A cup of java…
We recently sat down with Yasamin Miller at one of the best coffee shops in the country, tucked away in a leafy neighborhood in Ithaca, NY. To the hiss of espresso steam and the clatter of cups and saucers, we talked about the present and future of survey research, a highly technical field that also requires a deep understanding of people.
Miller spent 20 years at Cornell University, the Ivy League powerhouse, as founder and director of their Survey Research Institute. In 2004, she actually developed, in-house, the first web platform for surveys, before Qualtrix and Survey Monkey. It’s being used at Cornell to this day.
Then, in 2015, she left Cornell to start her own company. 2017 is something of a breakout year for Miller. The Yasamin Miller Group has just won a hefty extension of an additional $220,000 on top of the $500,000 grant they were awarded in 2016 from the Council of State and Territorial Epidemiologists (CSTE). They work on behalf of the Centers for Disease Control and Prevention (the CDC).
Your company is less than two years old and already you are getting huge grants and big client deals. What’s the secret?
My new business model is pulling together teams of interdisciplinary experts, because that’s the key to doing good survey research today. For this project, I brought in psychologists, epidemiologists, cancer specialists, data scientists, and communications experts. I think that’s why our team was awarded the grant and we were offered the extension.
I have a panel of experts and as the projects come in, I will bring in those experts who will be best suited to address the task at hand. Most survey shops are not able to offer this new way of thinking due to the expense of having such a breadth of expertise across so many disciplines. These professionals all have their own full-time jobs—at Stanford, at Microsoft, etc.. It results in customized, high quality work.
Why did the CDC give you this big chunk of money?
We got the grant to pilot test the feasibility of pushing out surveys via mobile app. So, we did a pilot test in a small college town out in Vermont. We pushed out 3 short surveys. The first set of surveys involved general health. Then we asked about drug and alcohol use.
Things people like to lie about?
Exactly. And then a third survey just to get feedback on their experience doing the surveys. We had baseline data that we used to validate our findings, and what we found was that they were being truthful. Because it compared to the data we had. And we got more men to respond to our survey using this platform.
Do women like to take surveys more than men do? Is that the problem you were trying to overcome?
They do, but we found with the app that we got more men and more minorities than with conventional surveys, which is huge. We’ve got to give people ways to communicate without feeling uncomfortable or left out. But this was not the particular problem we were trying to address. Rather, the problem is that people in general are not responding to the conventional telephone surveys.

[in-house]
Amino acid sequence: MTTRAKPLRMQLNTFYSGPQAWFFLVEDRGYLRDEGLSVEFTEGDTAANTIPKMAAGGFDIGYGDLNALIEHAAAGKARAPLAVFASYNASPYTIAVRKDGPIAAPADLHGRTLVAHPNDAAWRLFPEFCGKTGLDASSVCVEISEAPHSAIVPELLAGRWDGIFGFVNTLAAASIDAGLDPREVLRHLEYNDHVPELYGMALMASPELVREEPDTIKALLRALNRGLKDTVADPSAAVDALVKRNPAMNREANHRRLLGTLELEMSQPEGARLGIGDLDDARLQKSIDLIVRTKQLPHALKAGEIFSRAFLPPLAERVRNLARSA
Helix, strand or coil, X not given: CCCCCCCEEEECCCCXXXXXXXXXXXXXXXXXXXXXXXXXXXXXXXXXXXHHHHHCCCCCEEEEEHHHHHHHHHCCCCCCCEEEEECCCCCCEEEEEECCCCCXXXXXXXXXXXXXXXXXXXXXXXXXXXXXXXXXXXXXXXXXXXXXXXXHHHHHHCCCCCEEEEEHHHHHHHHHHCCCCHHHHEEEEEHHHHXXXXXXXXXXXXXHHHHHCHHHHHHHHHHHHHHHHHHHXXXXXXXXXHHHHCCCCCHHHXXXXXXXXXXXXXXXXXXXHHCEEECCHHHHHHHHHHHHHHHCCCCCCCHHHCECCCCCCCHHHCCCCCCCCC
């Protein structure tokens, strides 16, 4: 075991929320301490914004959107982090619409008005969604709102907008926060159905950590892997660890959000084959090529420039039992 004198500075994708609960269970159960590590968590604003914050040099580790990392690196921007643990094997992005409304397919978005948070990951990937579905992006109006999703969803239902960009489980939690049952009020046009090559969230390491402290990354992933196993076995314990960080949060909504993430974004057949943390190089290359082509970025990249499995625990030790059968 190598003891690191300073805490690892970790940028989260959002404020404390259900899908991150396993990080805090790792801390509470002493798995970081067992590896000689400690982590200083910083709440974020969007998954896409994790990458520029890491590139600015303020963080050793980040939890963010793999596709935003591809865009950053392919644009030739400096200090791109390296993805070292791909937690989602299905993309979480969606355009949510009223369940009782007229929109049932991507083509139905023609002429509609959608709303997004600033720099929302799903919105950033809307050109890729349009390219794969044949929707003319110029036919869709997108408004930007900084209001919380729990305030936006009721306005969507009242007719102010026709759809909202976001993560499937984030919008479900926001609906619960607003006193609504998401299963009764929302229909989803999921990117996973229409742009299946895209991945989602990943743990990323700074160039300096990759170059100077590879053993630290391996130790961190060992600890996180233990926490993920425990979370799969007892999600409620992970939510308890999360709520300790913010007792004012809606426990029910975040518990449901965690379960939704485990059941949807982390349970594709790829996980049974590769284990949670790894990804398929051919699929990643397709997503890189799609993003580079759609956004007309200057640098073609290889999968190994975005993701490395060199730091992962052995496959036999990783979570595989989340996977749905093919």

What’s the continuation funding for?
To do more testing on branding. Survey research is no longer about just writing up good questions. You’ve got to brand and market it. It’s got to capture the attention of the audience and keep them engaged.
But don’t you worry that if you concentrate too much on making your survey thrilling, you might be compromising the validity?
You’ve got to be really careful that you’re not turning into Coca-Cola. But you’ve got to be legit and you’ve got to capture the attention. I mean the Millennials are challenging those of us in survey research. Their motivations are very different. Now you need to explain more clearly what is the social exchange here? What do you get out of it? How does this help society?
The CDC needs to know about health information in this country, especially mental health and drug abuse, in light of the current opioid epidemic. The way the CDC has operated in the past is they put out fires. We’re flipping it around—surveying people and getting the pulse before it happens. With a mobile app, it’s a two-way conversation.
So, what we can do is not just ask for information, but through the app, we can share information, about your region. You’re engaged, it’s interactive, you’re getting something.
If a young woman wanted to work for you one day, or have a company like yours, what advice would you give her about education?
My background is computer science and stats, and I still think that’s valid. Understanding technology is critical, and then if you’ve got a level of curiosity, you’re going to expand into all kinds of disciplines.
How do you stay current with technology?
I know the fundamentals. I have an amazing web development team out of Uruguay. I was looking for developers when I left Cornell. I talked to people in Seattle and Silicon Valley. I looked for people who not only have strong set of skills, but also have the same values I do. It’s of course important to make money. But it’s as important to do something that you’re proud of and where you feel like you’re making a difference.
This group is a team of 50 developers, engineers, and designers. They offer a program where they give scholarships to local teens in very, very poor areas of Uruguay, to teach them more about STEM. They hire them in the summer for internships, and then as as regular employees. This is life changing not only for the young people, but also for their families and local community. It provides a way out of poverty for the entire family.
So, I don’t need to know everything, I just need to know enough to be the architect of the solution, and I let them worry about the details. It’s really important to work for a few years in the trenches, so you know how to create a database and you can understand the nitty gritty.